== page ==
The piece “Tribute to fallen friends: Mineral sector mourns Phiri, Kampelewela” featured below was initially published in Malawi’s Mining Review Issue Number 23 2015 that is circulating this March 2015.
The full edition is available for download here.
To learn more about this quarterly publication, edited by Marcel Chimwala, read the post about the “Voice of the mineral sector in Malawi”.
Tribute to fallen friends
Mineral sector mourns Phiri, Kampelewela
Stakeholders in Malawi’s minerals sector have expressed shock over the death of former Director of Geological Survey Department Mr. Fraser Phiri and Director of Environmental Affairs Department Dr. Aloysius Kampelewela, who passed away last month.
President of Mkango Resources, Alexander Lemon, says it is sad for Malawi, which is developing its minerals sector to lose the two great persons who invested their time in mineral resource development and environmental protection respectively.
Fraser played a great role in mineral resource development which is evident in many geological reports for Malawi, while Aloysius contributed much to the environmental work in Malawi,
Geologist John Nkhoma of Chiwandama Geo-Consultants who worked with Mr. Fraser Phiri says he will live to remember Mr. Phiri as a friend and working colleague while he will remember Dr. Kampelewera as an environmentalist who could accommodate views of all stakeholders including mining companies.
I shared a lot with Fraser as a fellow professional and friend. He was one of the pioneers in geology in Malawi. In particular he introduced me to real hands-on field work when I was on attachment from University of Malawi waiting for a scholarship to study Geology in UK. He was carrying out exploration for ceramic clays at Linthipe and he taught me pitting, pit logging and sampling. He carried out alot of surveys for brick clays countywide and some of the clays he identified in Lilongwe area were used in the production of bricks which were used to build the Capital City!
On Aloysius, I knew him as one of the great environmentalist in Malawi who was very accommodative to views of all stakeholders. I worked closely with him when I was in the civil service, mainly during discussions relating to the development of the Kayelekera Uranium mine where he gave very constructive advice on the best approach. May the souls of these two patriot gentlemen rest in eternal piece,
says a grieved Nkhoma.
Deputy Director for Mines Department Ackim Atileni Wona also expressed grief over the passing on of the two gentlemen.
It is a shock for me to bury these two gentlemen in one month. I just interacted with Dr. Kampelewera a few days ago. Though a respected professional, the man was jovial to everybody. May the souls of the two rest in peace,
Former Minister of Natural Resources, Energy and Mining, Grain Malunga, also added his sorrowful words in this article below:
Tribute to fallen friends
I joined Geological Survey of Malawi on 6th April 1986 with no experience in geological mapping. I was accommodated in an office where John Nkhoma and Late Philemon Gondwe were. The following day I mate this Fraser on the corridor on ground floor smoking his cigarette looking like a philosopher in deep thought. He looked at me and spoke nothing and I thought “Am I going to be like him talking to rocks, photographing my geological hammer or coin every time I want to take a photo of a rock?” Yes I joined a family of rare species with a gifted mind of trying to beat God’s theory of evolution and relative age determination in rocks. A week later I heard from John and Philemon that Fraser was a Principle Geologist and Editor who had studied geology and later hydrogeology. I recalled that every time I went into villages there were messages on boreholes reading “Drilled by F. R. Phiri”. When I went into the Library most Technical Reports were authored by either Fraser Phiri or James Chatupa.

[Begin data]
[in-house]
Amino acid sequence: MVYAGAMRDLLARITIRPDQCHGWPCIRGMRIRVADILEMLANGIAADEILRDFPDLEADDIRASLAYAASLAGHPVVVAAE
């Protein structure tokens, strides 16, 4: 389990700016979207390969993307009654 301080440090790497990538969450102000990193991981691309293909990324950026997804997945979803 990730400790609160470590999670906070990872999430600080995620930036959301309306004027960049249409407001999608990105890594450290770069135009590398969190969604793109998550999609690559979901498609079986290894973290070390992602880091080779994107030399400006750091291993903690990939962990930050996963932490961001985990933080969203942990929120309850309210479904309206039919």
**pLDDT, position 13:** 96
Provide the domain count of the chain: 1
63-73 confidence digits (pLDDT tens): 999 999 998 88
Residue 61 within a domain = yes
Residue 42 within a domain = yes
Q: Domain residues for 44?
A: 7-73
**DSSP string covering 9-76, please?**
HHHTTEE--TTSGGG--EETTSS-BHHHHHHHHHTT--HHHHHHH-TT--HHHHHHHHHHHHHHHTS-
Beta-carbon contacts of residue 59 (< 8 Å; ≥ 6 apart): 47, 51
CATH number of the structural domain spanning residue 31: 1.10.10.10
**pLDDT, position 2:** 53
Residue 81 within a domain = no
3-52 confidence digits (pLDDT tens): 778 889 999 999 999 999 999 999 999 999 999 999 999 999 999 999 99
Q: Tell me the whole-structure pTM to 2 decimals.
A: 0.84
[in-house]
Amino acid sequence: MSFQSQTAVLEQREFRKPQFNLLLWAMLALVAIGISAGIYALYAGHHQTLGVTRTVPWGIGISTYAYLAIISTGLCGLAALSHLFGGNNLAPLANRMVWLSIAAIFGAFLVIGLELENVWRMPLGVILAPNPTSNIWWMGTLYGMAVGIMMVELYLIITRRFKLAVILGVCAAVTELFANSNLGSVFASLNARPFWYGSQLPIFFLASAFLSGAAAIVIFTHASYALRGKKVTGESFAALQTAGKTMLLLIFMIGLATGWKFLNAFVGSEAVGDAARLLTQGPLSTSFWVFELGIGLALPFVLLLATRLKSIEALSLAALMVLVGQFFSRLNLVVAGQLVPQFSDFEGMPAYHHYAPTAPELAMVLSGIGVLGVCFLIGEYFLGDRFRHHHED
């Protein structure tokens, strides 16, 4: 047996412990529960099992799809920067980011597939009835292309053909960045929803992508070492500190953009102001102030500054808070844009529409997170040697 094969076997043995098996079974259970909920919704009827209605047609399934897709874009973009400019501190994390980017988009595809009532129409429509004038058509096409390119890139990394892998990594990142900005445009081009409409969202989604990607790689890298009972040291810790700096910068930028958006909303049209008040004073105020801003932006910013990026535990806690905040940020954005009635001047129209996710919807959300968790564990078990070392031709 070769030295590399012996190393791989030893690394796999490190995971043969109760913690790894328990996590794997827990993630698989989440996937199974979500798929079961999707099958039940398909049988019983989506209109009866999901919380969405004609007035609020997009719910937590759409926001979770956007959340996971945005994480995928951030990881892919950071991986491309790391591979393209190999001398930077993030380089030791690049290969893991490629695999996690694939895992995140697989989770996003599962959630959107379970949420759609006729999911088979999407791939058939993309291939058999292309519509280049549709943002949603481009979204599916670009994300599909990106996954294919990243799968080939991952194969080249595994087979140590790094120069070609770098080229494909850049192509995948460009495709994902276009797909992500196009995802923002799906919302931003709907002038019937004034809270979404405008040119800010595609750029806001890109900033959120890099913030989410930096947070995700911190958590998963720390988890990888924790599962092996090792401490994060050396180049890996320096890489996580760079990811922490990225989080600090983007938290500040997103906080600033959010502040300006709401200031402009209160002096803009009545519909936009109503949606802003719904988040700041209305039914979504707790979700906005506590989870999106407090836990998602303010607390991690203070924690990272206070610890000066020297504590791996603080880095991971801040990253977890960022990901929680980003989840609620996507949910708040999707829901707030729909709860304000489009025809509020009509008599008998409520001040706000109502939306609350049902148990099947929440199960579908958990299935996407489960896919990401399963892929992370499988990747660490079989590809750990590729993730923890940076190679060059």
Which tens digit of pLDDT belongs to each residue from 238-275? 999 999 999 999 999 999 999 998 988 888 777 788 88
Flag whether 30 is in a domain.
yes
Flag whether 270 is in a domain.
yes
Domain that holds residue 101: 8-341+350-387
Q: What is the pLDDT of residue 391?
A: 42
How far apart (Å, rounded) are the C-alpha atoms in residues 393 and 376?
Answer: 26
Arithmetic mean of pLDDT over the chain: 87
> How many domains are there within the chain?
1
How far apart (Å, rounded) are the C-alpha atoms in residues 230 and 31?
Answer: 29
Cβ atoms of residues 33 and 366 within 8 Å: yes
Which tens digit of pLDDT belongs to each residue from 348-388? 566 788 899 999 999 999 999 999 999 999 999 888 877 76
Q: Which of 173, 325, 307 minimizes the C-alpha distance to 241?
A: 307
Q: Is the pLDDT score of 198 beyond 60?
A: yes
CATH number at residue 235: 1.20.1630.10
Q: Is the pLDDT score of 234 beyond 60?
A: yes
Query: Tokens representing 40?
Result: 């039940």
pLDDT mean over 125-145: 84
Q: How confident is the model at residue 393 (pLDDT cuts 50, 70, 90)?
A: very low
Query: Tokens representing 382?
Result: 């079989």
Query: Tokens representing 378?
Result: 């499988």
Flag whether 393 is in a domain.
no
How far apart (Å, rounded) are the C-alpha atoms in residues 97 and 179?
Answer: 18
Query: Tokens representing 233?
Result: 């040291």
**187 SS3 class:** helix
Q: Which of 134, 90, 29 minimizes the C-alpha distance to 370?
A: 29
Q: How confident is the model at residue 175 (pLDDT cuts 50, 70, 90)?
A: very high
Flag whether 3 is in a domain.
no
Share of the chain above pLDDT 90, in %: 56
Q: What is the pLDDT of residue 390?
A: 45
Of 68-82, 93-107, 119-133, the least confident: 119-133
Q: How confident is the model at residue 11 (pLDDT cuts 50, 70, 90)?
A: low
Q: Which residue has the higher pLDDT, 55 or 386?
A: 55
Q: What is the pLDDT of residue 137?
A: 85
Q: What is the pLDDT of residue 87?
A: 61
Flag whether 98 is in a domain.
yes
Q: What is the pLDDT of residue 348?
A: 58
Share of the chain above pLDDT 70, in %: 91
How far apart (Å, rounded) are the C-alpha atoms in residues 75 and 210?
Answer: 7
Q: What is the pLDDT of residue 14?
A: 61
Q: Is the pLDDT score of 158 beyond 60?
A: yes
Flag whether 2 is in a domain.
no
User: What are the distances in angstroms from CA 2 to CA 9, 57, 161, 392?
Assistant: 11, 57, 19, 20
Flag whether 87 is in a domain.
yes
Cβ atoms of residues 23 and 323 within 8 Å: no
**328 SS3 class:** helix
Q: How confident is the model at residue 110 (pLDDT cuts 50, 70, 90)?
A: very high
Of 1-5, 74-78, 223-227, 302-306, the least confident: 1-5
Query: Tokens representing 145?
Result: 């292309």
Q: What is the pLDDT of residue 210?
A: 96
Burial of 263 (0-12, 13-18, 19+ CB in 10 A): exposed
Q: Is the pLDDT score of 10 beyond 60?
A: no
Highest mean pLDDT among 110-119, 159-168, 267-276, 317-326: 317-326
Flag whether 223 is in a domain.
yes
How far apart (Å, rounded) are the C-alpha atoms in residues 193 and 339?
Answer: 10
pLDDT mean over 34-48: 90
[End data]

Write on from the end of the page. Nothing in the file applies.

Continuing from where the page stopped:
I decided to follow their footsteps and on top of technical guidance by John and Philemon. Fraser developed my geological career when he became Chief Geologist because he kept on sending me on exploration activities and establishing new Geological Survey Offices. First I thought that he never li”ked me to be at Headquarters but later I realised that he was building my career and preparing me to always be in deep thoughts solving the mysteries of geology and mining. Thank you Fraser and MAY YOUR SOUL REST IN PEACE.
The Environmental Affairs Department enacted the Environmental Management Act in 1996 a few years after the Department was established. I remember undertaking Environment Impact Assessment (EIA) for “Establishment of Bwanje Valley Lime Project” and “Mulanje Mountain Bauxite for establishment of an Alumina/Aluminium Industry”. The persons I interacted with were RalphaelKabwadza and Aloysius Kampelewera. Aloysius was the contact person and we adopted the World Bank Standard of undertaking EIAs and that was the time we both came closer and worked together understanding various aspects of EIA and drafting of Environmental Management Plans sectoral guidelines”. He was so passionate at what he was doing and wanted that to be thoroughly done.
Malawi became an african leader on issues of environment and climate change because of his leadership. Malawi represents Africa and other Least Development Countries because Aloysius had bred and led a team of young men and women who became so dedicated and became good negotiators on various conventions on climate change, phasing out of ozone depleting substances and biodiversity.
Malawi should be proud to have had such a hardworking and loving person. Aloysius has left such traits in our young professionals and MAY HIS SOUL REST IN PEACE.